How one man’s imprisonment led to discovery of how we see the world today!

Legacy: Camera Obscura

Location: Cairo, Egypt

Era: 11th century

Key Figure: Ibn al-Haytham

How does vision works? Some scholars argued that rays departed from our eyes while others stated something entered to constitute it as an object. Arguments remained a subject of dialogue for a long time among the Greek scholars until Ibn al-Haytham absolutely changed the perception of light and vision.

Born in Basra, Iraq, he was invited by the ruling Caliph of Cairo to limit the impact of the Nile flood.

Confident about his abilities, he boasted his capabilities to tame the Nile flood by constructing dams and reservoirs. Whilst he noticed its mass and scale, he realized the scenario is out of his competencies.

Fearing wrath from Caliph, he decided to act lunatic, for which, Caliph positioned him under house arrest for his protection. It was while imprisonment he made the discovery for which he is remembered today.

One day, he saw the light entering his darkened room from pinhole projecting the view of the outside world on the opposite wall.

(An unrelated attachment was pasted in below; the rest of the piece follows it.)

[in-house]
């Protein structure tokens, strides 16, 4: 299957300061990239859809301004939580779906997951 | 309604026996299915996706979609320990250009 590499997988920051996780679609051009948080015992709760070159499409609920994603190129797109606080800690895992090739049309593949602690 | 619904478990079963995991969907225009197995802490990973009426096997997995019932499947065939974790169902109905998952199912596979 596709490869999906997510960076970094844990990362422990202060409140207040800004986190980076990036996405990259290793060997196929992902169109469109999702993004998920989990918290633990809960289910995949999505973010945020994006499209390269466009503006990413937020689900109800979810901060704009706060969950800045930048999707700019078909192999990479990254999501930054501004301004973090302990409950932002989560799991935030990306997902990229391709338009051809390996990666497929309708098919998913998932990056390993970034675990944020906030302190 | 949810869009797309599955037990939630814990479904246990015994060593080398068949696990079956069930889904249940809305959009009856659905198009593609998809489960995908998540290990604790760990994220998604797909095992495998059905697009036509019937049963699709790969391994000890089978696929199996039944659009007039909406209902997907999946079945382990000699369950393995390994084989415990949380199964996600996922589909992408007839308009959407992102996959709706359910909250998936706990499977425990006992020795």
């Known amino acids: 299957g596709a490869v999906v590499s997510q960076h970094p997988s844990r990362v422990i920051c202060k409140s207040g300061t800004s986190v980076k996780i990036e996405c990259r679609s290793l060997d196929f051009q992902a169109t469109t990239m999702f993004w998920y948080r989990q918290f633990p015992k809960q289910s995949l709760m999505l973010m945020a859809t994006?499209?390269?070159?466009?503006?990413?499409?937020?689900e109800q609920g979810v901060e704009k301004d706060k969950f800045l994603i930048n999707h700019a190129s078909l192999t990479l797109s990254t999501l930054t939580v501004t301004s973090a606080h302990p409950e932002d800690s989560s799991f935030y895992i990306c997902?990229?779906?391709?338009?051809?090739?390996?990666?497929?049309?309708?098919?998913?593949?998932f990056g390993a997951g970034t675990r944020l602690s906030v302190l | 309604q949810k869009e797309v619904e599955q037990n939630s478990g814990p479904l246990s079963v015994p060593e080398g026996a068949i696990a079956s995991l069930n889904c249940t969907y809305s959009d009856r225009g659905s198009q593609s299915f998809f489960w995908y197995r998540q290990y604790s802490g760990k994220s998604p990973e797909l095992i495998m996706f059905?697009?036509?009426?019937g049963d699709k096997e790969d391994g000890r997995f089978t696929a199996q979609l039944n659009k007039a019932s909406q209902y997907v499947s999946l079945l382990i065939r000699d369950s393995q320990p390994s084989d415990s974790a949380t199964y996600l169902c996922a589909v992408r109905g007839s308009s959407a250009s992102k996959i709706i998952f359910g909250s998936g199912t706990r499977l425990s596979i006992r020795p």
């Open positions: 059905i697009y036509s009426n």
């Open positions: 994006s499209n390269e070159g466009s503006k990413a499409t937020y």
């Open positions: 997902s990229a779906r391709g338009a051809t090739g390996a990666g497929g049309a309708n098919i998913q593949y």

Illustration of the camera obscura principle

At that time, people believed, vision is captured by sending invisible rays through eyes. However, he realized that sight was enabled due to visible rays entering our eyes from the object.

By experimenting with darkroom “Camera Obscura” he revealed to the world that light enters our eyes in the form of a geometric cone of vision.

A diagram depicting Al-Haytam's observations of light's behaviour through a pinhole

He studied and experimented with lens and mirrors: flat, spherical, concave, convex, parabolic and cylindrical. He also treated the eye as a dioptrics system by applying the geometry of refraction. Furthermore, he brilliantly calculated the height of the atmosphere to be 16 kilometers using atmospheric refraction. This compares aptly with the modern measurement of the troposphere to be 11 kilometers. He was first to use experimental evidence to cite the theories which were unusual for that time as physics was much like philosophy. Like many other people since then and now, Ibn al-Haytham wondered too, why the moon appears so big when in low sky. People argued it was due to the atmosphere, but he was first to state that it was an optical illusion- and scientists are still not sure why it happens.

Many of his works including the huge book of Optics were translated into Latin which inspired many like, Roger Bacon, Leonardo da Vinci, and Johannes Kepler.

Today, most of the inventions are based on his accurate understanding of light and vision which laid its foundation more than a thousand years ago.


1001 Inventions (ISBN: 978-1-4262-0934-5)


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